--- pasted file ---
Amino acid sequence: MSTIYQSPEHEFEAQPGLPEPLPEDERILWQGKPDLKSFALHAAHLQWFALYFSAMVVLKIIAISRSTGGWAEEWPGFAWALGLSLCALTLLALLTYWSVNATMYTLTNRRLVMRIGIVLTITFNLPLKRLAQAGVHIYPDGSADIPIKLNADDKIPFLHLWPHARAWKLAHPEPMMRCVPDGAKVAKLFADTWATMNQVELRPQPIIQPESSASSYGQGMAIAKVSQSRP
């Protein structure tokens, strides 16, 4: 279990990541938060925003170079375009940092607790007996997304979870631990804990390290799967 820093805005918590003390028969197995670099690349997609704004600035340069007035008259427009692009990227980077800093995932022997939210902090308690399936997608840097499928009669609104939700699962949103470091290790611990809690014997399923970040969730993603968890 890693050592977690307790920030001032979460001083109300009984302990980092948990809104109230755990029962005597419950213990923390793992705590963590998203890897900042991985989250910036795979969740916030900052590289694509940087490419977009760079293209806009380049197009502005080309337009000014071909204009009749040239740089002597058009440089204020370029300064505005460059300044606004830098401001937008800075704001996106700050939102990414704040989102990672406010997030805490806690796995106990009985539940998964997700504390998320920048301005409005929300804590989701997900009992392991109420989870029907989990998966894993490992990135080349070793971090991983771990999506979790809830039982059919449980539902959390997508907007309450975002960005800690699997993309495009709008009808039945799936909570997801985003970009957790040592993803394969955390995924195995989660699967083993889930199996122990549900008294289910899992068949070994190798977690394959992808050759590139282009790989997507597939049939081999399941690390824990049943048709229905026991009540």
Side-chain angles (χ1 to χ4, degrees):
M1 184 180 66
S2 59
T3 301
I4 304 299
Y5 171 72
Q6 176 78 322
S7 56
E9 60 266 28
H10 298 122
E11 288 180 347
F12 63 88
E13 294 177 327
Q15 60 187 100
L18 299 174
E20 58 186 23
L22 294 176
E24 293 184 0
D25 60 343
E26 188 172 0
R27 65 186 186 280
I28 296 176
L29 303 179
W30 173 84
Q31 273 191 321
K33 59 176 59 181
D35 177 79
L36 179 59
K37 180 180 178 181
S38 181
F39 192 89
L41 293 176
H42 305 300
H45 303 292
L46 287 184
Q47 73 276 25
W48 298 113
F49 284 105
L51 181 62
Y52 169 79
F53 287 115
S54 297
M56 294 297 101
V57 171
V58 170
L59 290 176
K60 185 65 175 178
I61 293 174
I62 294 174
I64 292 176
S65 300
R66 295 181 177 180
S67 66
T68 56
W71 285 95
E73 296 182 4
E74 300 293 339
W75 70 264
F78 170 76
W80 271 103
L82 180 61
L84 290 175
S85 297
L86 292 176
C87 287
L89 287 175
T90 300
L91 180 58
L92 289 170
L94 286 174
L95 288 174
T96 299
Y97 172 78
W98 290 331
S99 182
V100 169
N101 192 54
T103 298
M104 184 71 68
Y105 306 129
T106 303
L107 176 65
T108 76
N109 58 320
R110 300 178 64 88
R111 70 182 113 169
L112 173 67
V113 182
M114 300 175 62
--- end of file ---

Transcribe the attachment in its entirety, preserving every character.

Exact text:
Amino acid sequence: MSTIYQSPEHEFEAQPGLPEPLPEDERILWQGKPDLKSFALHAAHLQWFALYFSAMVVLKIIAISRSTGGWAEEWPGFAWALGLSLCALTLLALLTYWSVNATMYTLTNRRLVMRIGIVLTITFNLPLKRLAQAGVHIYPDGSADIPIKLNADDKIPFLHLWPHARAWKLAHPEPMMRCVPDGAKVAKLFADTWATMNQVELRPQPIIQPESSASSYGQGMAIAKVSQSRP
């Protein structure tokens, strides 16, 4: 279990990541938060925003170079375009940092607790007996997304979870631990804990390290799967 820093805005918590003390028969197995670099690349997609704004600035340069007035008259427009692009990227980077800093995932022997939210902090308690399936997608840097499928009669609104939700699962949103470091290790611990809690014997399923970040969730993603968890 890693050592977690307790920030001032979460001083109300009984302990980092948990809104109230755990029962005597419950213990923390793992705590963590998203890897900042991985989250910036795979969740916030900052590289694509940087490419977009760079293209806009380049197009502005080309337009000014071909204009009749040239740089002597058009440089204020370029300064505005460059300044606004830098401001937008800075704001996106700050939102990414704040989102990672406010997030805490806690796995106990009985539940998964997700504390998320920048301005409005929300804590989701997900009992392991109420989870029907989990998966894993490992990135080349070793971090991983771990999506979790809830039982059919449980539902959390997508907007309450975002960005800690699997993309495009709008009808039945799936909570997801985003970009957790040592993803394969955390995924195995989660699967083993889930199996122990549900008294289910899992068949070994190798977690394959992808050759590139282009790989997507597939049939081999399941690390824990049943048709229905026991009540």
Side-chain angles (χ1 to χ4, degrees):
M1 184 180 66
S2 59
T3 301
I4 304 299
Y5 171 72
Q6 176 78 322
S7 56
E9 60 266 28
H10 298 122
E11 288 180 347
F12 63 88
E13 294 177 327
Q15 60 187 100
L18 299 174
E20 58 186 23
L22 294 176
E24 293 184 0
D25 60 343
E26 188 172 0
R27 65 186 186 280
I28 296 176
L29 303 179
W30 173 84
Q31 273 191 321
K33 59 176 59 181
D35 177 79
L36 179 59
K37 180 180 178 181
S38 181
F39 192 89
L41 293 176
H42 305 300
H45 303 292
L46 287 184
Q47 73 276 25
W48 298 113
F49 284 105
L51 181 62
Y52 169 79
F53 287 115
S54 297
M56 294 297 101
V57 171
V58 170
L59 290 176
K60 185 65 175 178
I61 293 174
I62 294 174
I64 292 176
S65 300
R66 295 181 177 180
S67 66
T68 56
W71 285 95
E73 296 182 4
E74 300 293 339
W75 70 264
F78 170 76
W80 271 103
L82 180 61
L84 290 175
S85 297
L86 292 176
C87 287
L89 287 175
T90 300
L91 180 58
L92 289 170
L94 286 174
L95 288 174
T96 299
Y97 172 78
W98 290 331
S99 182
V100 169
N101 192 54
T103 298
M104 184 71 68
Y105 306 129
T106 303
L107 176 65
T108 76
N109 58 320
R110 300 178 64 88
R111 70 182 113 169
L112 173 67
V113 182
M114 300 175 62